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A Novel Detection Method for Encephalitozoon Hellem in Water

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Abstract:Microsporidia are a ubiquitous group of protozoan pathogens, containing over 100 genera and hundreds of species. This group has been found in all animal groups. Recently, members of this group have been found even in man. The transmission state of all members of this group is a spore that is unique and diagnostic. Encephalitozoon hellem, a microsporidian that infects man, has been recovered from the central nervous system and eye. Encephalitozoon hellem is even known to disseminate throughout the human body to other sites like the urinary tract from where spores may be released to the environment. It can logically be concluded that there is potential for waterborne transmission of this pathogenic agent. Of all cases of waterborne gastroenteritis, only about fifty percent are attributable to a specific etiologic agent. Lack of specific, sensitive, and practical methods to identify pathogens in a matrix as complex as water contributes to this problem. Until adequate detection methods for these pathogens in water are developed, there is no way to know whether water is a significant route of transmission. The purpose of this research was to develop a method useful for the detection of E. hellem in water.

Antibodies currently employed to detect human microsporidia spores have been shown to cross-react with other species not associated with pathogenicity in humans or not associated with human hosts at all. In order to overcome this problem with antibody specificity, a fluorescence in situ hybridization (FISH) technique for E. hellem spores was developed. The FISH technique employed a 6-carboxyfluorescein (6-FAM) labeled oligonucleotide probe targeting a specific sequence in the 18S ribosomal RNA (rRNA) of E. hellem. Samples of E. hellem spores, which have undergone FISH, are examined using a fluorescent microscope. Encephalitozoon hellem spores used in this study were cultured in Rabbit Kidney (RK-13:ATCC CCL-37) monolayers. Spores were purified from cell culture supernatants using Percoll buoyant density gradient centrifugation. Both transmission and scanning electron microscopy were used to insure quality and homogeneity of the spores produced in culture.

The signal from purified FISH stained spores was bright enough to enable detection in reagent water and in Ohio River water concentrates as well. Preliminary specificity testing of the FISH probe in bacteria, algae, and protozoans found in environmental samples has shown no cross-reactivity. This is the first report of a FISH probe being used to label E. hellem spores specifically. There is some evidence that FISH technique maybe useful as a conservative indicator of viability, since rRNA within non-viable E. hellem spores should be degraded. Initial dual labeling employing an antibody against the spore surface in conjunction with the FISH probe has been shown possible. These data demonstrate the potential for using an antibody against the E. hellem spore coat for detection and using a FISH probe to confirm the identity of this clinically important microsporidian in environmental water.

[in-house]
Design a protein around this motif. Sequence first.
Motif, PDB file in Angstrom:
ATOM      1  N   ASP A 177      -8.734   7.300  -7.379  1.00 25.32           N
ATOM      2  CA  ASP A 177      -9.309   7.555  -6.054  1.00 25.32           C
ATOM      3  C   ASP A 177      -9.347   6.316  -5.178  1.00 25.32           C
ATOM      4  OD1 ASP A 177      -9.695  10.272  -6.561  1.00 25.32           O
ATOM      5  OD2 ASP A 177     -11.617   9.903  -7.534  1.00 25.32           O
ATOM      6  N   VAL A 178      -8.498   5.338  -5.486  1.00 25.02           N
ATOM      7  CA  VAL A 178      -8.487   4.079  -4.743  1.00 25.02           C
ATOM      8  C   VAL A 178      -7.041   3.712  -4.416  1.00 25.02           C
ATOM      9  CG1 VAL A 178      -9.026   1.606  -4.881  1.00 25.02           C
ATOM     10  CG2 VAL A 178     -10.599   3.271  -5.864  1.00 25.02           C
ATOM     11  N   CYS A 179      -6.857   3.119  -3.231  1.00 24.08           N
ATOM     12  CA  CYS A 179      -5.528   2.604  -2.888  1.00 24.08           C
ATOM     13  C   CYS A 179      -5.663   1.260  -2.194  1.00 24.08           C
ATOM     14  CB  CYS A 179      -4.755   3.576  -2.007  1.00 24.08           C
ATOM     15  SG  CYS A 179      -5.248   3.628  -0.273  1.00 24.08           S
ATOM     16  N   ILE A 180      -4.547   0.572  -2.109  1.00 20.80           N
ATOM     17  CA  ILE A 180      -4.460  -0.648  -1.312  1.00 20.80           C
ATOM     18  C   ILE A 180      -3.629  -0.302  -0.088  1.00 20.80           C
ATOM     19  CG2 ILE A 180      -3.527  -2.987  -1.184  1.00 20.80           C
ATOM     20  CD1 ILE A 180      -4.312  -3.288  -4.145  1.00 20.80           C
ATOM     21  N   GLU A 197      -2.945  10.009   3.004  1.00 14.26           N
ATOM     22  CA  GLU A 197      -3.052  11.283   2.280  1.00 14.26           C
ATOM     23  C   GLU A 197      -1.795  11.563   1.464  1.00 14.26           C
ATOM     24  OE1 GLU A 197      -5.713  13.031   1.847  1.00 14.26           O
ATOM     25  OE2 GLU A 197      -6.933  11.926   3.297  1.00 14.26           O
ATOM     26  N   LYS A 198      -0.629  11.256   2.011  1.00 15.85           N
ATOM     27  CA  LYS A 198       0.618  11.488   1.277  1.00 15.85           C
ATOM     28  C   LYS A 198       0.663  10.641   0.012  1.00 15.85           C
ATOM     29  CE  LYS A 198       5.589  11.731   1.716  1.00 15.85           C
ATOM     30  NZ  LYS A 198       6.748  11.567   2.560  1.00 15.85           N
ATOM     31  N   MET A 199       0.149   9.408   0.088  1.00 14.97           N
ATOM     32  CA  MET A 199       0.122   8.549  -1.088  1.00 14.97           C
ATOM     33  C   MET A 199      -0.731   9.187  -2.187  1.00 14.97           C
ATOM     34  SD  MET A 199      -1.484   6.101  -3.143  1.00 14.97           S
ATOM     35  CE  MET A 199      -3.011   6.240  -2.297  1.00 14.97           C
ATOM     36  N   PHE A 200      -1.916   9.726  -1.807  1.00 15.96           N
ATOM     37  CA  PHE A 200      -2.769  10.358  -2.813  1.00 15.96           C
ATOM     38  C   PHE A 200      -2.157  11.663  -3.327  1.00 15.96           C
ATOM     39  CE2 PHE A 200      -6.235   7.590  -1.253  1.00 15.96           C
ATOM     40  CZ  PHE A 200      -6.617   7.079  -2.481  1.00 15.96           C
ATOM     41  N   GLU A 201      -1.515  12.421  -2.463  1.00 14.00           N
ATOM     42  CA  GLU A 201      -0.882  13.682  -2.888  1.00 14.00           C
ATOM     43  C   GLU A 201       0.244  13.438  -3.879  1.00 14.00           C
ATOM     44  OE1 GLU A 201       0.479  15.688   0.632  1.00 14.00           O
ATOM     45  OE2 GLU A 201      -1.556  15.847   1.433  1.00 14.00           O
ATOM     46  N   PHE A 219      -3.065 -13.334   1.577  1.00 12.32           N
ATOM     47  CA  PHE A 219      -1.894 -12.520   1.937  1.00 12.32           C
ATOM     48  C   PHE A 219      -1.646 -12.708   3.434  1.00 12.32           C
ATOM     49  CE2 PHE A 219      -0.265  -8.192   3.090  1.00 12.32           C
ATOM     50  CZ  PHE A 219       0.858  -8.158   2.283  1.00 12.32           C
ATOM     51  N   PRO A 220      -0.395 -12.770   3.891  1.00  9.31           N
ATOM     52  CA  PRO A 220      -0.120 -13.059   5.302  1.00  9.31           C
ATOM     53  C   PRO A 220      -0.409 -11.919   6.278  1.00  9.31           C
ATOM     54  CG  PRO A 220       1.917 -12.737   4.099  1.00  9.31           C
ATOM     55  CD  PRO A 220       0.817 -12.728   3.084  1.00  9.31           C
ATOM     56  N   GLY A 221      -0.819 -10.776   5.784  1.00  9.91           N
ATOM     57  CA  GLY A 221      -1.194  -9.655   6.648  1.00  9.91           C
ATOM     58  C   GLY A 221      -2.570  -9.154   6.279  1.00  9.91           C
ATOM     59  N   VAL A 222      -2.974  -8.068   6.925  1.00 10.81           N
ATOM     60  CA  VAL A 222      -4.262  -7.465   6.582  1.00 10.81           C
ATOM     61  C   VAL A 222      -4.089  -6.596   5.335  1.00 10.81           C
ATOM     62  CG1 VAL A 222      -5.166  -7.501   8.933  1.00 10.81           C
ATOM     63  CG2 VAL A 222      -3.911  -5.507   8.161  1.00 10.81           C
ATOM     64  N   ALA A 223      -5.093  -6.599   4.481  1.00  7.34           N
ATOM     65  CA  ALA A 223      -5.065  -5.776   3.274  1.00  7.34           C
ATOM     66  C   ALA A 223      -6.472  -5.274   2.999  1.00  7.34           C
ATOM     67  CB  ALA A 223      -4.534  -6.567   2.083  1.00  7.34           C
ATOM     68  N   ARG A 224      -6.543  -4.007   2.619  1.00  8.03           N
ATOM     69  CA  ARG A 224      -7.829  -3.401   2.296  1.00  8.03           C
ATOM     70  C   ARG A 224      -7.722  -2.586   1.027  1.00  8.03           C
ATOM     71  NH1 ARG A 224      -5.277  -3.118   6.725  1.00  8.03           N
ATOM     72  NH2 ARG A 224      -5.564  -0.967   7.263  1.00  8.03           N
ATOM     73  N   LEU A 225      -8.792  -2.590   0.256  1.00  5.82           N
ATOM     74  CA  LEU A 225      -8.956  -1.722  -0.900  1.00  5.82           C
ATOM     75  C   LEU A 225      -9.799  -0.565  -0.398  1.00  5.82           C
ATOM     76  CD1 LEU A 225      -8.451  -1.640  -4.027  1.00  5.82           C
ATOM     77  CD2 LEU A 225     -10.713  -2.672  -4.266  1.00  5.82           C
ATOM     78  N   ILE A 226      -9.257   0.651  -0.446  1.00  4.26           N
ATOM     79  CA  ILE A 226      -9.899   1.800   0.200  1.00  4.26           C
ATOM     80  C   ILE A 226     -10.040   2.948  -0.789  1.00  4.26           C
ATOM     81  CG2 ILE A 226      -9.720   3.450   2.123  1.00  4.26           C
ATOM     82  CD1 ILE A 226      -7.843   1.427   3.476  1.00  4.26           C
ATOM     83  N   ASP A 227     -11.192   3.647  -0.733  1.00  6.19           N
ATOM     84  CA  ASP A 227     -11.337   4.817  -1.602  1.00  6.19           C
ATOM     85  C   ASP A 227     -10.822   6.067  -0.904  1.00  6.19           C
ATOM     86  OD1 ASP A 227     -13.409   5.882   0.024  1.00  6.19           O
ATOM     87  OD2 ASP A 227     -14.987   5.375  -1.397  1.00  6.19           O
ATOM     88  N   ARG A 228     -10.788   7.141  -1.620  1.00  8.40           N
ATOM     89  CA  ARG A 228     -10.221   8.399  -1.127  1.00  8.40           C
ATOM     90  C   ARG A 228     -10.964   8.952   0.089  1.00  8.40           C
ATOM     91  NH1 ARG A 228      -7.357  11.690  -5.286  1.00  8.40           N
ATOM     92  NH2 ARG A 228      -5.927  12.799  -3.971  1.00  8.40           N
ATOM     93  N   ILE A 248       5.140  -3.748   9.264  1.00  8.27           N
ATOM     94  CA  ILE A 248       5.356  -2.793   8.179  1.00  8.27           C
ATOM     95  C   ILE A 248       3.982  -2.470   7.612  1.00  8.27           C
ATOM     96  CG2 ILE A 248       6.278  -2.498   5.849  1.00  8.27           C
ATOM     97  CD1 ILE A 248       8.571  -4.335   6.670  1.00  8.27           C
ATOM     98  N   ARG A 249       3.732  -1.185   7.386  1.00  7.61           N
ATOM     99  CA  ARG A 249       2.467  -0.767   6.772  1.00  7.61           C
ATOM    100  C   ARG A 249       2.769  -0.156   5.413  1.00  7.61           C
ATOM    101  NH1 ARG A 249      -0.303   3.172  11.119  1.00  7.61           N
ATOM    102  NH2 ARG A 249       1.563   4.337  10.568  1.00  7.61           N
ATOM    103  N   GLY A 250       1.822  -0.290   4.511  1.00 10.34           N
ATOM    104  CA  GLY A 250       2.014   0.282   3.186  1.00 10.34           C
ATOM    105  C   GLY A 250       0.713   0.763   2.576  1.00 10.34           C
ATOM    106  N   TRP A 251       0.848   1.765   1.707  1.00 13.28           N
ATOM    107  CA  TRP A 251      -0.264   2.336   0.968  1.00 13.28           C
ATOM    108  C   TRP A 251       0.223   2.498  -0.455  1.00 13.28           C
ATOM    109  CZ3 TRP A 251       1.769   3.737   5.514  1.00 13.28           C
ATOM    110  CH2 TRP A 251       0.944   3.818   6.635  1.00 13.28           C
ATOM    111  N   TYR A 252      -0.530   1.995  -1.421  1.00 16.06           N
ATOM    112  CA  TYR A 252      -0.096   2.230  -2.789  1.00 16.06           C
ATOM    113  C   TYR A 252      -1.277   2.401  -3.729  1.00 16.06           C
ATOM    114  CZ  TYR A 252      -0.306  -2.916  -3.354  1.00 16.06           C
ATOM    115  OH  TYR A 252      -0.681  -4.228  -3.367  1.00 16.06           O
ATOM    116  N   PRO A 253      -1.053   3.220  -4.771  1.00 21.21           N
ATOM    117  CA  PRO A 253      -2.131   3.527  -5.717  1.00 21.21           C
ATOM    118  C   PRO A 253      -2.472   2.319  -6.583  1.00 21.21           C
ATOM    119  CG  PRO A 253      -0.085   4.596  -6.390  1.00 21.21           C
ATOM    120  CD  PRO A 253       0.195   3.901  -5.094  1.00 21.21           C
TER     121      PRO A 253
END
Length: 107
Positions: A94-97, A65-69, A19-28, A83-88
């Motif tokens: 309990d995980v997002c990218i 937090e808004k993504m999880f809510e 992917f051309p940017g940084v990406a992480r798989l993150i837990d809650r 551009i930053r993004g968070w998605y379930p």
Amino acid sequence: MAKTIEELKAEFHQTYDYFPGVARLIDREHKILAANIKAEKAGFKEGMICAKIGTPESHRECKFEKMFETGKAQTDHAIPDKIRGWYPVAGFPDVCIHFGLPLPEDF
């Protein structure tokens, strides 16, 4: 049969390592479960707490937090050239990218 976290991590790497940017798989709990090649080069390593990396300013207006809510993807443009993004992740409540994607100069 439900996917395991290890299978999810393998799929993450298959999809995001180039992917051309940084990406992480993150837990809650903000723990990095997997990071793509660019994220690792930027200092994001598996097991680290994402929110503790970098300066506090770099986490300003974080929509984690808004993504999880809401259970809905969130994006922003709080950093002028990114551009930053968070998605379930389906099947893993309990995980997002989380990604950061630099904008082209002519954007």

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Citation:Hester, J. D., H. A. Lindquist, A. M. Bobst, and F. W. Schaefer III. A Novel Detection Method for Encephalitozoon Hellem in Water. Presented at International Symposium on Waterborne Pathogens, Milwaukee, WI, August 29-September 1, 1999.
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Contact: Mary P. O'Bryant - (919)-541-4871 or obriant.mary@epa.gov
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Division: Microbiological & Chemical Exposure Assessment Division
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Branch: Biohazard Assessment Research Branch
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Product Type: Abstrct/Oral
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Presented: 08/30/1999
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Related Entries:
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Bullet Item Detecting Ccl-Related, Emerging and Regulated Waterborne Human Protozoa for Exposure Assessment
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